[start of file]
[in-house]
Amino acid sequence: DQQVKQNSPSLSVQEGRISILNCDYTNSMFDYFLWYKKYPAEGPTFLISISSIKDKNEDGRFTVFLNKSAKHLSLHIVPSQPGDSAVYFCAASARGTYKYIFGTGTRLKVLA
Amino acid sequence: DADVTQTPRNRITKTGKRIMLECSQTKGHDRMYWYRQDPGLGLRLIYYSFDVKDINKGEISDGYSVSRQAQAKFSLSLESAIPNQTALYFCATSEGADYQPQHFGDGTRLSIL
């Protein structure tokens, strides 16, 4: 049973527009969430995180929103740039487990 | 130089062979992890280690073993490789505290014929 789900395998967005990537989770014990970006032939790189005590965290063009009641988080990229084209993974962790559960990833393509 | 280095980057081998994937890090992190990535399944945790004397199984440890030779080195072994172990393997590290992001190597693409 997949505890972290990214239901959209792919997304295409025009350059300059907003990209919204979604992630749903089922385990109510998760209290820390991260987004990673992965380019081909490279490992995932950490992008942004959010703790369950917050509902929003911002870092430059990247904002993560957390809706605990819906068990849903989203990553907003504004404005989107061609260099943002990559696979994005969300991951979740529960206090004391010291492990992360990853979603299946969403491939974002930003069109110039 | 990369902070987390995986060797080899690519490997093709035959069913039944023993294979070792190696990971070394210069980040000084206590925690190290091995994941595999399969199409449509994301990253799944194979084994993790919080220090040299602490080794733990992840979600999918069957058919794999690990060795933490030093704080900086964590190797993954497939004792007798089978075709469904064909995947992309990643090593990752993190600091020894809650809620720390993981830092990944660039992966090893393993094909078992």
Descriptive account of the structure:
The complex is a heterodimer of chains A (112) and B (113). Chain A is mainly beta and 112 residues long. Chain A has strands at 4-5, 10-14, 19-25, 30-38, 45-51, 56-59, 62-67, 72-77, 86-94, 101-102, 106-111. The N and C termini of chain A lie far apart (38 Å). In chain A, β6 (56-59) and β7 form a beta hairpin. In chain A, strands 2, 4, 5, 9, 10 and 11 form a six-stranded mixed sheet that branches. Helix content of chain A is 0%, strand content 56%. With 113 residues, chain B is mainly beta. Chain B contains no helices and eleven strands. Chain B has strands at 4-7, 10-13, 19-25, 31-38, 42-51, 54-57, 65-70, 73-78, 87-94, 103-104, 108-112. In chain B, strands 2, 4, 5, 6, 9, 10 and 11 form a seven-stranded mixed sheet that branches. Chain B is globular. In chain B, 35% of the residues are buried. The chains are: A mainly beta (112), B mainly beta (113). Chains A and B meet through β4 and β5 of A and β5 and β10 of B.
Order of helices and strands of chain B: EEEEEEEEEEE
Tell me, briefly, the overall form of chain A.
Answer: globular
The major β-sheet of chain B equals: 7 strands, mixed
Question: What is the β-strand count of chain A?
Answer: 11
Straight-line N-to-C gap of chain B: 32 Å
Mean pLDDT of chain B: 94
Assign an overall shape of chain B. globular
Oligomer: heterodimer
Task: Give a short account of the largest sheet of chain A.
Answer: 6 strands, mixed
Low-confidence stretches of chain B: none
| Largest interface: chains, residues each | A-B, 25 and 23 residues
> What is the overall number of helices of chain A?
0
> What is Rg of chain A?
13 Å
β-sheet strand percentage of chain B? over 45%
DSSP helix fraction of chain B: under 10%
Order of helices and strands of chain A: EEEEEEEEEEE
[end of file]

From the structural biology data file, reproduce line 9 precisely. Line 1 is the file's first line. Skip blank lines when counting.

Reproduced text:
Answer: globular